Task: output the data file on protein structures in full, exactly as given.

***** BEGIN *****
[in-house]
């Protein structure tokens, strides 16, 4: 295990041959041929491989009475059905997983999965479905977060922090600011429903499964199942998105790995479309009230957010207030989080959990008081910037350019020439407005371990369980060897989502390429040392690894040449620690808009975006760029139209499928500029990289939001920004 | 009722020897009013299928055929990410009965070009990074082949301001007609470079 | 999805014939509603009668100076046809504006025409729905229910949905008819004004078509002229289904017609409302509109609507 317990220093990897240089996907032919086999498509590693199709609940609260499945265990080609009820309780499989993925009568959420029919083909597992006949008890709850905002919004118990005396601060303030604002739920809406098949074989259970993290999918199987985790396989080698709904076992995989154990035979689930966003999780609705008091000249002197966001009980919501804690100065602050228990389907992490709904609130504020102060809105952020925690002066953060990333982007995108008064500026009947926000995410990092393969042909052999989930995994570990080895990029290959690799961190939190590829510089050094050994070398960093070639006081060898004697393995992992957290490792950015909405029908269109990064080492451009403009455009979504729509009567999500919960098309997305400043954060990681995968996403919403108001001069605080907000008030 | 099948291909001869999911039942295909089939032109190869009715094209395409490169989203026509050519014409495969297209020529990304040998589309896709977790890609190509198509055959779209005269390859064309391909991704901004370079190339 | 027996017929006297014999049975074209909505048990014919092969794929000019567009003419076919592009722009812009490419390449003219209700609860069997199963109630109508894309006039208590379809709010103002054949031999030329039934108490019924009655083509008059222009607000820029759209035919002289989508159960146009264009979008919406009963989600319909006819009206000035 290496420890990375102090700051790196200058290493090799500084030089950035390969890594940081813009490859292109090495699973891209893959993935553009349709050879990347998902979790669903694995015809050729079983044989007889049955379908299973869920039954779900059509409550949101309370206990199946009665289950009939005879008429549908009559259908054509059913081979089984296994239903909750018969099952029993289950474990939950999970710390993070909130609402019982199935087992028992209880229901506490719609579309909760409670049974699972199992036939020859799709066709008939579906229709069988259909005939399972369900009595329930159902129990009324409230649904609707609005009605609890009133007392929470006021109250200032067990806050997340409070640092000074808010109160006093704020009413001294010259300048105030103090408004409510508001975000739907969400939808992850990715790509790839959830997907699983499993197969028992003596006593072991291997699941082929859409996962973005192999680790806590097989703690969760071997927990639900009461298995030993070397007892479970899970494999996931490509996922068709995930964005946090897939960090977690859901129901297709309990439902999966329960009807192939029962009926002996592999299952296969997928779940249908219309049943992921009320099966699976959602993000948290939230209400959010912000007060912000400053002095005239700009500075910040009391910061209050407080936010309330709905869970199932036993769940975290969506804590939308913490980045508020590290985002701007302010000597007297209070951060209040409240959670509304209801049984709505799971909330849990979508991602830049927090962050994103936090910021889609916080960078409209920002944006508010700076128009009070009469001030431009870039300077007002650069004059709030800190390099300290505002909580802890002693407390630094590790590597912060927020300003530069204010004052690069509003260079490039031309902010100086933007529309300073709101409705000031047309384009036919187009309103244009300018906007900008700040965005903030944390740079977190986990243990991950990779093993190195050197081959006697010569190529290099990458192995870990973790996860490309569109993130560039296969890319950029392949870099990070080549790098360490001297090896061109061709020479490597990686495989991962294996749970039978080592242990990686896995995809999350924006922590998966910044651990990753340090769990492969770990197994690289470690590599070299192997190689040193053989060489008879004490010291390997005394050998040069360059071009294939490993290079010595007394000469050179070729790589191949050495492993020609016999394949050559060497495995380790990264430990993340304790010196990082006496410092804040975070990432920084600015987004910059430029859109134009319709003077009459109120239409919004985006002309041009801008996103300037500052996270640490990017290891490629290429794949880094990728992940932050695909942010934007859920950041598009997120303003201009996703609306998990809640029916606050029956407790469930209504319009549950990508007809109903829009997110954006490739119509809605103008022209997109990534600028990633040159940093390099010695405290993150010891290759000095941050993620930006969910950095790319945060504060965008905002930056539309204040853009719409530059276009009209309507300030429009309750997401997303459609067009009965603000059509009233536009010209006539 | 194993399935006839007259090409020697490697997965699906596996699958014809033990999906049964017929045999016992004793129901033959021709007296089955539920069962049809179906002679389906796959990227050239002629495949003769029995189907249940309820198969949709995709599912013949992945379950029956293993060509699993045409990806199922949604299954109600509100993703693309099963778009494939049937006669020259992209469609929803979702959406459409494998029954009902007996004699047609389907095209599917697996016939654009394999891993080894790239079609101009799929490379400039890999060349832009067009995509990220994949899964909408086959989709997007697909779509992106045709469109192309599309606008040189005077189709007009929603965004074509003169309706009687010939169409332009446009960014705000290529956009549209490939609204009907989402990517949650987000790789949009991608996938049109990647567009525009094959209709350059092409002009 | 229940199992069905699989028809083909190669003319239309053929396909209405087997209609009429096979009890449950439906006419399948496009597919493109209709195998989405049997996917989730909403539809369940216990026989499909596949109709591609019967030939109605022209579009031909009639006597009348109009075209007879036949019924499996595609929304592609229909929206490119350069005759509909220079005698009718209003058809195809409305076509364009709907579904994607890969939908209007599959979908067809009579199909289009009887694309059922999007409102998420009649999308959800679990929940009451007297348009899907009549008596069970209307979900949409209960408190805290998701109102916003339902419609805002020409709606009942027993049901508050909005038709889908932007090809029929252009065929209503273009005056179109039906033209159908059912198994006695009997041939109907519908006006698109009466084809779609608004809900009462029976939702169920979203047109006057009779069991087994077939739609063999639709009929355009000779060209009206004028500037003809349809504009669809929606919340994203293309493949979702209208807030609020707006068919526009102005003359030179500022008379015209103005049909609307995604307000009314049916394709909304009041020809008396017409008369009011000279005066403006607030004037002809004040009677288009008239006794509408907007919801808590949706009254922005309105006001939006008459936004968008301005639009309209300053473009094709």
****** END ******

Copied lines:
[in-house]
């Protein structure tokens, strides 16, 4: 295990041959041929491989009475059905997983999965479905977060922090600011429903499964199942998105790995479309009230957010207030989080959990008081910037350019020439407005371990369980060897989502390429040392690894040449620690808009975006760029139209499928500029990289939001920004 | 009722020897009013299928055929990410009965070009990074082949301001007609470079 | 999805014939509603009668100076046809504006025409729905229910949905008819004004078509002229289904017609409302509109609507 317990220093990897240089996907032919086999498509590693199709609940609260499945265990080609009820309780499989993925009568959420029919083909597992006949008890709850905002919004118990005396601060303030604002739920809406098949074989259970993290999918199987985790396989080698709904076992995989154990035979689930966003999780609705008091000249002197966001009980919501804690100065602050228990389907992490709904609130504020102060809105952020925690002066953060990333982007995108008064500026009947926000995410990092393969042909052999989930995994570990080895990029290959690799961190939190590829510089050094050994070398960093070639006081060898004697393995992992957290490792950015909405029908269109990064080492451009403009455009979504729509009567999500919960098309997305400043954060990681995968996403919403108001001069605080907000008030 | 099948291909001869999911039942295909089939032109190869009715094209395409490169989203026509050519014409495969297209020529990304040998589309896709977790890609190509198509055959779209005269390859064309391909991704901004370079190339 | 027996017929006297014999049975074209909505048990014919092969794929000019567009003419076919592009722009812009490419390449003219209700609860069997199963109630109508894309006039208590379809709010103002054949031999030329039934108490019924009655083509008059222009607000820029759209035919002289989508159960146009264009979008919406009963989600319909006819009206000035 290496420890990375102090700051790196200058290493090799500084030089950035390969890594940081813009490859292109090495699973891209893959993935553009349709050879990347998902979790669903694995015809050729079983044989007889049955379908299973869920039954779900059509409550949101309370206990199946009665289950009939005879008429549908009559259908054509059913081979089984296994239903909750018969099952029993289950474990939950999970710390993070909130609402019982199935087992028992209880229901506490719609579309909760409670049974699972199992036939020859799709066709008939579906229709069988259909005939399972369900009595329930159902129990009324409230649904609707609005009605609890009133007392929470006021109250200032067990806050997340409070640092000074808010109160006093704020009413001294010259300048105030103090408004409510508001975000739907969400939808992850990715790509790839959830997907699983499993197969028992003596006593072991291997699941082929859409996962973005192999680790806590097989703690969760071997927990639900009461298995030993070397007892479970899970494999996931490509996922068709995930964005946090897939960090977690859901129901297709309990439902999966329960009807192939029962009926002996592999299952296969997928779940249908219309049943992921009320099966699976959602993000948290939230209400959010912000007060912000400053002095005239700009500075910040009391910061209050407080936010309330709905869970199932036993769940975290969506804590939308913490980045508020590290985002701007302010000597007297209070951060209040409240959670509304209801049984709505799971909330849990979508991602830049927090962050994103936090910021889609916080960078409209920002944006508010700076128009009070009469001030431009870039300077007002650069004059709030800190390099300290505002909580802890002693407390630094590790590597912060927020300003530069204010004052690069509003260079490039031309902010100086933007529309300073709101409705000031047309384009036919187009309103244009300018906007900008700040965005903030944390740079977190986990243990991950990779093993190195050197081959006697010569190529290099990458192995870990973790996860490309569109993130560039296969890319950029392949870099990070080549790098360490001297090896061109061709020479490597990686495989991962294996749970039978080592242990990686896995995809999350924006922590998966910044651990990753340090769990492969770990197994690289470690590599070299192997190689040193053989060489008879004490010291390997005394050998040069360059071009294939490993290079010595007394000469050179070729790589191949050495492993020609016999394949050559060497495995380790990264430990993340304790010196990082006496410092804040975070990432920084600015987004910059430029859109134009319709003077009459109120239409919004985006002309041009801008996103300037500052996270640490990017290891490629290429794949880094990728992940932050695909942010934007859920950041598009997120303003201009996703609306998990809640029916606050029956407790469930209504319009549950990508007809109903829009997110954006490739119509809605103008022209997109990534600028990633040159940093390099010695405290993150010891290759000095941050993620930006969910950095790319945060504060965008905002930056539309204040853009719409530059276009009209309507300030429009309750997401997303459609067009009965603000059509009233536009010209006539 | 194993399935006839007259090409020697490697997965699906596996699958014809033990999906049964017929045999016992004793129901033959021709007296089955539920069962049809179906002679389906796959990227050239002629495949003769029995189907249940309820198969949709995709599912013949992945379950029956293993060509699993045409990806199922949604299954109600509100993703693309099963778009494939049937006669020259992209469609929803979702959406459409494998029954009902007996004699047609389907095209599917697996016939654009394999891993080894790239079609101009799929490379400039890999060349832009067009995509990220994949899964909408086959989709997007697909779509992106045709469109192309599309606008040189005077189709007009929603965004074509003169309706009687010939169409332009446009960014705000290529956009549209490939609204009907989402990517949650987000790789949009991608996938049109990647567009525009094959209709350059092409002009 | 229940199992069905699989028809083909190669003319239309053929396909209405087997209609009429096979009890449950439906006419399948496009597919493109209709195998989405049997996917989730909403539809369940216990026989499909596949109709591609019967030939109605022209579009031909009639006597009348109009075209007879036949019924499996595609929304592609229909929206490119350069005759509909220079005698009718209003058809195809409305076509364009709907579904994607890969939908209007599959979908067809009579199909289009009887694309059922999007409102998420009649999308959800679990929940009451007297348009899907009549008596069970209307979900949409209960408190805290998701109102916003339902419609805002020409709606009942027993049901508050909005038709889908932007090809029929252009065929209503273009005056179109039906033209159908059912198994006695009997041939109907519908006006698109009466084809779609608004809900009462029976939702169920979203047109006057009779069991087994077939739609063999639709009929355009000779060209009206004028500037003809349809504009669809929606919340994203293309493949979702209208807030609020707006068919526009102005003359030179500022008379015209103005049909609307995604307000009314049916394709909304009041020809008396017409008369009011000279005066403006607030004037002809004040009677288009008239006794509408907007919801808590949706009254922005309105006001939006008459936004968008301005639009309209300053473009094709």